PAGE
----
Pax Turcica: The Rise of Muslim Democracies in the Middle East

Many in Turkey see post-Arab Spring regimes as potential partners in a regional coalition under Ankara's leadership.

Avraham Burg
Avraham Burg
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Avraham Burg
Avraham Burg

ISTANBUL - Istanbul is always fascinating in its vitality, with its endless traffic jams and young women in traditional scarves kissing their boyfriends in public. Very few women wear a veil; in any case, they're all connected on Facebook.

Commerce is flourishing, global companies are knocking on the door and the shopping centers feature an impressive array of international brands. The middle class' purchasing power is steadily growing, not all bearded men kneel when the muezzin calls, and not all women are conservative.

Minorities have much more of a chance to express themselves than in the past, and there is room for critical and intellectual thinking. In the city streets you can still see the old traditions, as well as the poverty and sadness of immigrants from the provinces drawn to the blaze of the big city.

Turkey is once again the long bridge between tradition and progress, East and West, Islam and secular democracies, its past and our future. For the Turks it's a success story: The government is doing wonders with the economy; its international standing, which looked for a moment as if it had expired with the fall of the Soviet bloc, has reestablished itself. Everyone is talking about Turkey, and Turkey is talking about almost everything. The lights of the bridges over the Bosphorus can be seen from afar.

In private, the Turks discuss great and small matters of strategy and politics with surprising openness. And when you try to separate the important from the secondary, isolate the music from the background noise, it turns out Turkey is proud and happy with its lot. It sees itself returning full force to its proper regional and international standing as a leader.

Turkey has a model it wants to export to the region. It pictures Egypt, Tunisia, Libya, Yemen and Syria as Muslim democracies in the future, partners to the Turkish model.

With this unique model, when the army is no longer the broom waiting in the closet, Turkey wants to export its reforms in education, commerce, economics, banking and regulation. It seeks to become one of the 10 strongest economies in the world, and it's on its way.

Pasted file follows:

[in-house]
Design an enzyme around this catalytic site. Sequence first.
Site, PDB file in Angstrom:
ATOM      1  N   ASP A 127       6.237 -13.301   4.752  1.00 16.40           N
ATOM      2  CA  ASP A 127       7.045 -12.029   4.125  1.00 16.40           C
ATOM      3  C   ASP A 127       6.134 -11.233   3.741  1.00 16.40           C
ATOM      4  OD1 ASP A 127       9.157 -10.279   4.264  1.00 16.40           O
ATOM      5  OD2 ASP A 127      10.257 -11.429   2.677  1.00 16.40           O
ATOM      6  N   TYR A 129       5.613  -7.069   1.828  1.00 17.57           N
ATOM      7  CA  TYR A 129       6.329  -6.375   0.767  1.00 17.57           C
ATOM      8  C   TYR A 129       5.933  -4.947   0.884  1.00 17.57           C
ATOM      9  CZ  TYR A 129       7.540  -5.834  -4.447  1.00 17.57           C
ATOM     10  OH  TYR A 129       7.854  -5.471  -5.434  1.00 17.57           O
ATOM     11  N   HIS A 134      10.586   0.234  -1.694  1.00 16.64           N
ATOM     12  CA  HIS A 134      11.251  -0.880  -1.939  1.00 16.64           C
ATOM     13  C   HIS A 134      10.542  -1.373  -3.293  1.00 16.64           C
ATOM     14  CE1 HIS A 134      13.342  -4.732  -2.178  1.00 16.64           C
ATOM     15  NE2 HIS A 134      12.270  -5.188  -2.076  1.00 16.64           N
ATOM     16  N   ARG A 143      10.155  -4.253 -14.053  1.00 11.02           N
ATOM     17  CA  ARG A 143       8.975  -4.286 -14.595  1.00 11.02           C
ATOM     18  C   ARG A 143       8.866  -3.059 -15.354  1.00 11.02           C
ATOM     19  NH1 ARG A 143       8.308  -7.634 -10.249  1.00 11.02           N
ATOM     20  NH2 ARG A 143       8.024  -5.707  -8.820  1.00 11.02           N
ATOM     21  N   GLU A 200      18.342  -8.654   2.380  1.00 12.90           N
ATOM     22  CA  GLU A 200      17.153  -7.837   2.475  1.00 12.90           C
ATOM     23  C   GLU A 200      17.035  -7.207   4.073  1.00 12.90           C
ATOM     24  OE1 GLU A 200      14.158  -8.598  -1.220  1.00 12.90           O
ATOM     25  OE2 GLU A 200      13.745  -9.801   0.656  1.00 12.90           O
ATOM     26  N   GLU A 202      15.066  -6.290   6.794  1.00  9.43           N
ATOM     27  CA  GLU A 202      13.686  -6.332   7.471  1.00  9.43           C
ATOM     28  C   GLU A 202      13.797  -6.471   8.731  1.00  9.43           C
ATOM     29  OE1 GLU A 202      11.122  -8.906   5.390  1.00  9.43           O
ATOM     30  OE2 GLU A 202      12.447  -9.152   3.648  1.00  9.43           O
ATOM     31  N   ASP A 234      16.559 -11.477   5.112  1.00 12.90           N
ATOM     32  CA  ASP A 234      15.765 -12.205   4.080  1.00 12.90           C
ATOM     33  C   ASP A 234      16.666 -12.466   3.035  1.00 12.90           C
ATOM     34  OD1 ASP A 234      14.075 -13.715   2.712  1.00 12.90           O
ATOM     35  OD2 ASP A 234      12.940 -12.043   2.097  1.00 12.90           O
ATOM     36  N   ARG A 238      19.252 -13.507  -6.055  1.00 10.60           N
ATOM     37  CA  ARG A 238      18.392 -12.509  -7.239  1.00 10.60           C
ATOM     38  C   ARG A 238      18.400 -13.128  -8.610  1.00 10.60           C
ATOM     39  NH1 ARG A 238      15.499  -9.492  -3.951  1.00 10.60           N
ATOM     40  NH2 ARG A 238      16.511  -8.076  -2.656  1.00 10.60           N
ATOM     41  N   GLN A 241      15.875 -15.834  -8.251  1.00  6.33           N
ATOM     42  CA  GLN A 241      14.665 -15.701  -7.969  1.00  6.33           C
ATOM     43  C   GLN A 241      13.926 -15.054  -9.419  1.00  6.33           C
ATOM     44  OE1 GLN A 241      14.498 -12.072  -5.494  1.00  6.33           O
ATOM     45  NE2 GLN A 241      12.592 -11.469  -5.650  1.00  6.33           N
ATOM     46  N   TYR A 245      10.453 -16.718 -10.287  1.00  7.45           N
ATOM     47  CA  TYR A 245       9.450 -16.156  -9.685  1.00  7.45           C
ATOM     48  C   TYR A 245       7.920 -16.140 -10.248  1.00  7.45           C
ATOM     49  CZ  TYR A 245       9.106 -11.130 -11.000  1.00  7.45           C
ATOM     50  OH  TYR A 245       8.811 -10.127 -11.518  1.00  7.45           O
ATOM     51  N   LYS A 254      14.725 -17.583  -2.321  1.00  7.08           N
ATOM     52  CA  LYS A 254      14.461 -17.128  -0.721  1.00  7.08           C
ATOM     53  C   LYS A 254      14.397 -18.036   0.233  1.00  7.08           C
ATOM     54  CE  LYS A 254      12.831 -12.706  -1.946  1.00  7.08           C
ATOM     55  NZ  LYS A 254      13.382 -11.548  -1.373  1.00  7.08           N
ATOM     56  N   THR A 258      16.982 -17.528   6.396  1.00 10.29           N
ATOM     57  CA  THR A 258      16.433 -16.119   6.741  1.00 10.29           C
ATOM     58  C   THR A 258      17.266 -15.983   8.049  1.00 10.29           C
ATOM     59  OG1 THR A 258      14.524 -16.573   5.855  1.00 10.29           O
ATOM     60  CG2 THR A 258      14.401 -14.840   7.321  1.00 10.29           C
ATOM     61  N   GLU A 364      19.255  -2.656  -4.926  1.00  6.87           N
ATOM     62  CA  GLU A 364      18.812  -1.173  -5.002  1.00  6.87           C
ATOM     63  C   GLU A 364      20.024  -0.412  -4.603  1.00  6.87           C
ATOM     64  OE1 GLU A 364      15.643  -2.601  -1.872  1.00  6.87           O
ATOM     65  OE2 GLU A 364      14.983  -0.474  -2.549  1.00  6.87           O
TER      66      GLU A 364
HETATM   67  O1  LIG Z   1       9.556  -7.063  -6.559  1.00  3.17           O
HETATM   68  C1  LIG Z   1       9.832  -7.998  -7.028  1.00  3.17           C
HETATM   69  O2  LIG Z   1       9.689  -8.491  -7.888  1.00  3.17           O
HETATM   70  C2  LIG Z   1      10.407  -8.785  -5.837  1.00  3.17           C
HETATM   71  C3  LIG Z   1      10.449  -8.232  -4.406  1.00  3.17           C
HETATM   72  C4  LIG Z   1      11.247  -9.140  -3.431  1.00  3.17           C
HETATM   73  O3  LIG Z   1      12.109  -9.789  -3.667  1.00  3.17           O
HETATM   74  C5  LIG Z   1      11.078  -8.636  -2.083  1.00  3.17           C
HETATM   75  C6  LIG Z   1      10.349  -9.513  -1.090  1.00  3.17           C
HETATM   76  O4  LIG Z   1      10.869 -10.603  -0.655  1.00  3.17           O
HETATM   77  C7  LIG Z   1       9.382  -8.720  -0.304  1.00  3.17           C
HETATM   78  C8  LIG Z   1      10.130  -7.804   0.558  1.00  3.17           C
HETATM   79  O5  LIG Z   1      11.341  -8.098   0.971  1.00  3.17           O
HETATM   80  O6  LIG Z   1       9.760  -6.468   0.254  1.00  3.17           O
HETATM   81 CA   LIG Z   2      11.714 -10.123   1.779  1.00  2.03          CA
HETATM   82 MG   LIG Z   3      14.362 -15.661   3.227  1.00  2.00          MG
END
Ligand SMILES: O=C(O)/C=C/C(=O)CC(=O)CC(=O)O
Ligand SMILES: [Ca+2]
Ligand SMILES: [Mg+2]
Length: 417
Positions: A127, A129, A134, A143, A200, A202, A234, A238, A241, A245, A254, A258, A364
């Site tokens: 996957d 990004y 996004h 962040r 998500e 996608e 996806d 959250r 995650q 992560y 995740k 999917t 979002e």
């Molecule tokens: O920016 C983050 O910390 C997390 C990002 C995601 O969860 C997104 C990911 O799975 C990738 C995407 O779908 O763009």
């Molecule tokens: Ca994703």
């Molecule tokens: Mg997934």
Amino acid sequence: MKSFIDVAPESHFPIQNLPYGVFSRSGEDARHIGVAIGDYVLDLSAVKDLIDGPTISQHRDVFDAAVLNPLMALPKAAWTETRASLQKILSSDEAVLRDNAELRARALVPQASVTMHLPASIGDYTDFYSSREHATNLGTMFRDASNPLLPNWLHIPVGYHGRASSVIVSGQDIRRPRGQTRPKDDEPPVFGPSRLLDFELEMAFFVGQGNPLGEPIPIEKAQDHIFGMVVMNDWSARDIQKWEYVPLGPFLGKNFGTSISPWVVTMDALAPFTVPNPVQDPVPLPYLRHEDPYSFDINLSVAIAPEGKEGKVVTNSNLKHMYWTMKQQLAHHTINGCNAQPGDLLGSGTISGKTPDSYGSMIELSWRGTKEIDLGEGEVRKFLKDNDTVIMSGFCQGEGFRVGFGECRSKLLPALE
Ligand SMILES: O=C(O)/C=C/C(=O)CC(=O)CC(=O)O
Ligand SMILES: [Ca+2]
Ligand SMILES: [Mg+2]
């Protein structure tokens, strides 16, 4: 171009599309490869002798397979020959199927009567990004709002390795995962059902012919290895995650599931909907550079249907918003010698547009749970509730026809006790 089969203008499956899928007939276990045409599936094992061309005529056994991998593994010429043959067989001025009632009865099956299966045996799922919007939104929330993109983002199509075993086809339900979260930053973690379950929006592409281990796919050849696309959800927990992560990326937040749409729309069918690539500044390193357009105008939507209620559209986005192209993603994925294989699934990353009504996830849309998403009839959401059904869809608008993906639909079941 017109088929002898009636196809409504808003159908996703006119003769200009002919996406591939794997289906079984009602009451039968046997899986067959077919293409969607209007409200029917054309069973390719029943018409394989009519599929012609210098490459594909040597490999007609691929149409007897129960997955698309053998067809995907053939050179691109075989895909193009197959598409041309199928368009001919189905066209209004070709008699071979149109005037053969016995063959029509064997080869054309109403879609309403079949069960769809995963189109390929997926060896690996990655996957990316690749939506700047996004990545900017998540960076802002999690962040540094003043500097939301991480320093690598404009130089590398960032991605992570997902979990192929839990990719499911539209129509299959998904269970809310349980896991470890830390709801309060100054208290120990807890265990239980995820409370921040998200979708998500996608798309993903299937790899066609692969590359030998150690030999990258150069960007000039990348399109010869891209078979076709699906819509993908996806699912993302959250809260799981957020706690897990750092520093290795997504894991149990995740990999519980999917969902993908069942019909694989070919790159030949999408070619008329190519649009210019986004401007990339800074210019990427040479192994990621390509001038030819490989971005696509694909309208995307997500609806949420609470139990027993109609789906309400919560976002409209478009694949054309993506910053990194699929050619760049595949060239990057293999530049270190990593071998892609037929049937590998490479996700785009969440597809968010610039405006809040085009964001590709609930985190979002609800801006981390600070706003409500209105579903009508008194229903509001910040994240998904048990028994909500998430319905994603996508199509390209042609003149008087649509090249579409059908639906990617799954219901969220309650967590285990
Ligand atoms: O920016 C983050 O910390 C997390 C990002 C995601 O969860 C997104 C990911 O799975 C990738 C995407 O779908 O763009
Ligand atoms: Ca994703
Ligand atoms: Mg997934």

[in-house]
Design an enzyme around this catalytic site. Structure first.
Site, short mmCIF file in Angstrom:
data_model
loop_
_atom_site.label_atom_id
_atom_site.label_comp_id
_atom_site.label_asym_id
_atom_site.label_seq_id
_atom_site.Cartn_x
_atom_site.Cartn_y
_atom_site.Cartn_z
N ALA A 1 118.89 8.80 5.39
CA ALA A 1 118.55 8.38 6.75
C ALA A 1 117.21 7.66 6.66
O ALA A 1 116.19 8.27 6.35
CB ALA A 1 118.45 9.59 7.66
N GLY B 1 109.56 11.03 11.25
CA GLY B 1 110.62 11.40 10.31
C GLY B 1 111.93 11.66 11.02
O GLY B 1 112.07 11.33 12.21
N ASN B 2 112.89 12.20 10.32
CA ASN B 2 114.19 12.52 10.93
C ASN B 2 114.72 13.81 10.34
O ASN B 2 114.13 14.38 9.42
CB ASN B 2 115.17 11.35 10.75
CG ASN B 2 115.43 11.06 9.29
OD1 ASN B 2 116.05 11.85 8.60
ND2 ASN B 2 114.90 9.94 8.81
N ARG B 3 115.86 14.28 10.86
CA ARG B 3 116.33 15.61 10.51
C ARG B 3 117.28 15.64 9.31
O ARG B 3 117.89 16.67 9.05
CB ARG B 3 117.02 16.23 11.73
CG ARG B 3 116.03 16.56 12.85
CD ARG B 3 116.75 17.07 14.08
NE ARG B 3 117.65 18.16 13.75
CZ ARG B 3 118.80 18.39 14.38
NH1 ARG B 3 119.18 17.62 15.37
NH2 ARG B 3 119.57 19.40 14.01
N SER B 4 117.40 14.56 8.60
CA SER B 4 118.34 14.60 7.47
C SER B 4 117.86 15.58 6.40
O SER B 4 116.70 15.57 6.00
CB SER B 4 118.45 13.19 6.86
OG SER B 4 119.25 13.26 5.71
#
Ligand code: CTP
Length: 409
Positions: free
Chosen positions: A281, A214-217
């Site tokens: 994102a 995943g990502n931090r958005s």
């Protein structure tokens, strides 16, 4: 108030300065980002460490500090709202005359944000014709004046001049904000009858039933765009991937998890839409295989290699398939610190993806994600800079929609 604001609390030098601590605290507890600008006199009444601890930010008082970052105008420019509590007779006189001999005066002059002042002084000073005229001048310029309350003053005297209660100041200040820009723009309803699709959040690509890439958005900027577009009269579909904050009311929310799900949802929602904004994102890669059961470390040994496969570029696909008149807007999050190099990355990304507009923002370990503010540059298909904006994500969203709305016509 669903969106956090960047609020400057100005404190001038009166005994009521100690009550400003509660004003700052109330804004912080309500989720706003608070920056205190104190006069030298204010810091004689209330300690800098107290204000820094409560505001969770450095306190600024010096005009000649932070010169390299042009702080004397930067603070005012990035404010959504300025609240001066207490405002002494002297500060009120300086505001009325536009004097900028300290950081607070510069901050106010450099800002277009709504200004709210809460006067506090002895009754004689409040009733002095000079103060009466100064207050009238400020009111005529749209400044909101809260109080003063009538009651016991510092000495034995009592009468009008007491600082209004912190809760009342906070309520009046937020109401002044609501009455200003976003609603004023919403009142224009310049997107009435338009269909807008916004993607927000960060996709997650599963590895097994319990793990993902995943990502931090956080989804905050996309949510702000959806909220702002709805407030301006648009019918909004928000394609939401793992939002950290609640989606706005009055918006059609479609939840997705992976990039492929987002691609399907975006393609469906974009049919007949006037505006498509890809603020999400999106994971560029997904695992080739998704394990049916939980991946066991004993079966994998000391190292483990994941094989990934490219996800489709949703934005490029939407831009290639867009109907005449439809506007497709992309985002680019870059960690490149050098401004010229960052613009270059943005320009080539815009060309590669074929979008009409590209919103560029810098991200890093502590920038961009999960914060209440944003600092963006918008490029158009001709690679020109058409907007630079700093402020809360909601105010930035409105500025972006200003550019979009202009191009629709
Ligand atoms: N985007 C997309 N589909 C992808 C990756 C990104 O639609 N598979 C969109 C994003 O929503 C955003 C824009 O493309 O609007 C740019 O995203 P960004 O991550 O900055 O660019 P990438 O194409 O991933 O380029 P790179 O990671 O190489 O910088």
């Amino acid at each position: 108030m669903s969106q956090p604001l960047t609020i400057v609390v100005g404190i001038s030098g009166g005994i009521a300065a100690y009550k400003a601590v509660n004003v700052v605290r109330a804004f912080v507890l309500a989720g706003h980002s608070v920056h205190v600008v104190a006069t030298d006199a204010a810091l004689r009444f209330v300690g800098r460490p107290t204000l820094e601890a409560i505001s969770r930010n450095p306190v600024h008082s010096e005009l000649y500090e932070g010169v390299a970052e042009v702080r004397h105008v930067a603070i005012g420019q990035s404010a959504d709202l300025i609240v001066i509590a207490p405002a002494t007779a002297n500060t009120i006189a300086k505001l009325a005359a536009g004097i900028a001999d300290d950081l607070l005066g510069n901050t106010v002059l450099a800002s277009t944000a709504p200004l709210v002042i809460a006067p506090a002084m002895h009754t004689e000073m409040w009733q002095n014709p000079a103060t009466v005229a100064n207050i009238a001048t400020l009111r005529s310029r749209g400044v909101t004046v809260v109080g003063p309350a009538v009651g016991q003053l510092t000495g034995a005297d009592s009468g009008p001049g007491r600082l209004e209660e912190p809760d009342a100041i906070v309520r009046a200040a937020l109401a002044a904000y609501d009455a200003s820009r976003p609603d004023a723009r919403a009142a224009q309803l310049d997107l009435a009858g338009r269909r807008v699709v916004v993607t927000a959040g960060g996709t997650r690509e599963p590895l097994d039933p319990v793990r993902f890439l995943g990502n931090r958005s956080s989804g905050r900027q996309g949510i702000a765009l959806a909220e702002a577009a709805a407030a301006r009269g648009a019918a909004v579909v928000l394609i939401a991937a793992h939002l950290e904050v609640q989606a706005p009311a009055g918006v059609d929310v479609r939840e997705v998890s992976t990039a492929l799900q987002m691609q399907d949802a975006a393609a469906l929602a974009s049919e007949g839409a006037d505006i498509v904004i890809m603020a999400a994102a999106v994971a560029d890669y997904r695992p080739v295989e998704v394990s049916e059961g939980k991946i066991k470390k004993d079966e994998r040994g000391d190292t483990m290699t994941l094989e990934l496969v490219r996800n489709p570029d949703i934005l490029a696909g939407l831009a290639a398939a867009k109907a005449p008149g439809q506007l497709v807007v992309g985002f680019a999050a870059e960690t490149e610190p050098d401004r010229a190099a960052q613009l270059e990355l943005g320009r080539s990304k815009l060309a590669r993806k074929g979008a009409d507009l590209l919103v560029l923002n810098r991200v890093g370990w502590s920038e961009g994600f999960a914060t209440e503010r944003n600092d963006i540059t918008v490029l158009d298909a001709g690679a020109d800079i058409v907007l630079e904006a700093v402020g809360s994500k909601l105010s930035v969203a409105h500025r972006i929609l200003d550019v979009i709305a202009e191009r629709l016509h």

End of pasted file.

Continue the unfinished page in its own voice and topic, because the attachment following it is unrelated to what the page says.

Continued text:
The Muslim Union

Although it's not said specifically, it seems someone here in Istanbul is dreaming about a regional Muslim Union - a union in contact with the European Union, which for the past decade has given the Turks the cold shoulder. Instead of being insulted they are initiating, instead of fleeing they are holding their ground and getting stronger. Instead of stagnating while waiting in frustration, they are developing a new discourse.

The democratic model, they say, does not necessarily have to be the Western one. Other models more suitable to societies that want to combine tradition, national pride and democracy are possible. The world, they argue, is no longer centered around the West. It's a new world of many centers, and Turkey aspires to be one of the most influential.

Many voices are being heard here about trade without borders, movements of capital, free migration of people, joint investments and regional legislative initiatives. Let's assume this is possible and it will take at least a decade. Then what? How will the EU deal with a strong regional coalition that has oil reserves, strategic waterways (the Bosphorus and the Suez Canal ), huge reserves of cheap manpower, and an insatiable political and economic appetite?

And what will Israel do when confronted with a powerful and democratic Muslim region? What will be the fate of the Palestinians under the endless occupation when the Israeli occupier suddenly no longer has a monopoly on democracy? And what will be the attitude of the democratic Muslim Union countries toward the only non-Muslim player in the region, Israel, and to their diasporas in the heart of Western Europe?

Before our eyes the Arab Spring is turning into more than a passing phase, and it includes far more than the Arab countries alone. It's a long-term awakening, with many objectives. There are no answers at this stage, but the questions are being asked and can no longer be avoided.

Turkish PM Recep Tayyip Erdogan.Credit: Reuters



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